The California School Boards Association is the essential voice for public education. We inspire our members to be knowledgeable leaders, extraordinary governance practitioners and ardent advocates for all students.
California School News (ISSN 1091-1715) is published 11 times per year by the California School Boards Association, Inc., 3251 Beacon Blvd., West Sacramento, CA 95691. 916-371-4691. $4 of CSBA annual membership dues is for the subscription to California School News. The subscription rate for each CSBA nonmember is $35. Periodicals postage paid at West Sacramento, CA and at additional mailing office. POSTMASTER: Send address changes to California School News, 3251 Beacon Blvd., West Sacramento, CA 95691.

News and feature items submitted for publication are edited for style and space as necessary.

President’s Message: Emma Turner
Emma Turner
Let the quest for quality guide our work in charter school reform

On Monday, April 22, I contributed to one of California’s most significant policy discussions when I joined CSBA staff at the Capitol for a press and legislative briefing on CSBA’s report Uncharted Waters: Recommendations for Prioritizing Student Achievement and Effective Governance in California’s Charter Schools. The Uncharted Waters report has gained additional resonance as pending legislation intensifies the debate over charters. In fact, some of its recommendations on transparency and accountability were already adopted into law when Gov. Gavin Newsom signed Senate Bill 126 on March 5.

That development was gratifying, as it validated years of CSBA research, advocacy and leadership in the area of charter reform. Uncharted Waters provides a potential roadmap as the Legislature finally begins to address the issue in earnest. The report focuses on charter schools and their impact in four key areas:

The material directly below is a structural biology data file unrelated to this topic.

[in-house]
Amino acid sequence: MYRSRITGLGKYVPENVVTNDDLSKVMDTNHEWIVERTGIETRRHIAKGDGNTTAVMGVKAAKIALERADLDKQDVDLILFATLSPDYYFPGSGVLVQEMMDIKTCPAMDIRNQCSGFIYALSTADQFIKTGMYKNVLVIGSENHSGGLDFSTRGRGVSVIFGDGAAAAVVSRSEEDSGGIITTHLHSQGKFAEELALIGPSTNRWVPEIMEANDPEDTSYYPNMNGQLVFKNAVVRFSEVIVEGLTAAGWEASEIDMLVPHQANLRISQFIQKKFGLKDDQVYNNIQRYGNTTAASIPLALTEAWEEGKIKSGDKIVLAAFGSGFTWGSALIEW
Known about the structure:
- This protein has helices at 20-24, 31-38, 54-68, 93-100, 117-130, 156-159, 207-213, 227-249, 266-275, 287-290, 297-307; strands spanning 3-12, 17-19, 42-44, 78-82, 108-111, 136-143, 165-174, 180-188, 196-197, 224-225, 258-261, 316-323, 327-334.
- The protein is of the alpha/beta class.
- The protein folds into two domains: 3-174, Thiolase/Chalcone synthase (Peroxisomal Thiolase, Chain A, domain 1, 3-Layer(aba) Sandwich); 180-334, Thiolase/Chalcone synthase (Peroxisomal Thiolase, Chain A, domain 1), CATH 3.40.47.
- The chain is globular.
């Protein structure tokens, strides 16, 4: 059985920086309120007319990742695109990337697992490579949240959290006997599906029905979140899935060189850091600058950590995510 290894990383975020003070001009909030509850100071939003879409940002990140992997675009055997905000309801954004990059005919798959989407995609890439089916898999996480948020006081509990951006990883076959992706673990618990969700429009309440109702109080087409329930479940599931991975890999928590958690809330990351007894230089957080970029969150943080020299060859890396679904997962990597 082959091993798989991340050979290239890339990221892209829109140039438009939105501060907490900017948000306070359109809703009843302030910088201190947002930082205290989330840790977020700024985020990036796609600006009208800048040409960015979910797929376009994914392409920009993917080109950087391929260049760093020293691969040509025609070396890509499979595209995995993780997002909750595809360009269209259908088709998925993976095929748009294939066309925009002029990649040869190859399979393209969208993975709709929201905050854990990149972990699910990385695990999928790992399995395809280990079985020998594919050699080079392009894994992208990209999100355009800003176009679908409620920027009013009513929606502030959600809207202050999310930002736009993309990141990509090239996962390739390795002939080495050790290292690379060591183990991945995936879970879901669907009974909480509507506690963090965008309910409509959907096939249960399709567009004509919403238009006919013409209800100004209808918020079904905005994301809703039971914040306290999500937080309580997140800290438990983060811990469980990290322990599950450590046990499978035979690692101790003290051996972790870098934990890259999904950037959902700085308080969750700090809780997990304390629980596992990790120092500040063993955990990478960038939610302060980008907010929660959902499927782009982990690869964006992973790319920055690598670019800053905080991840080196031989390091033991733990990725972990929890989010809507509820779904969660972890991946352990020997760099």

• Quality Expectations
  • Equitable Access
  • Equity, Governance and Transparency
  • Elevating and Replicating What Works in Public Education

CSBA CEO Vernon M. Billy selected as one of most influential Californians

CSBA CEO & Executive Director Vernon M. Billy

The Sacramento Bee has selected CSBA CEO & Executive Director Vernon M. Billy for its 2019 California Influencer series, which surveys 100 of California’s most thoughtful and prominent individuals on critical policy matters.

Billy joins a host of leaders from varied industries and perspectives in dissecting the challenges and opportunities facing California in 2019 and beyond. His fellow influencers represent the fields of academia, business, conservation, construction, education, finance, government, housing, journalism, labor, law, medicine, politics, public advocacy, social services and transportation.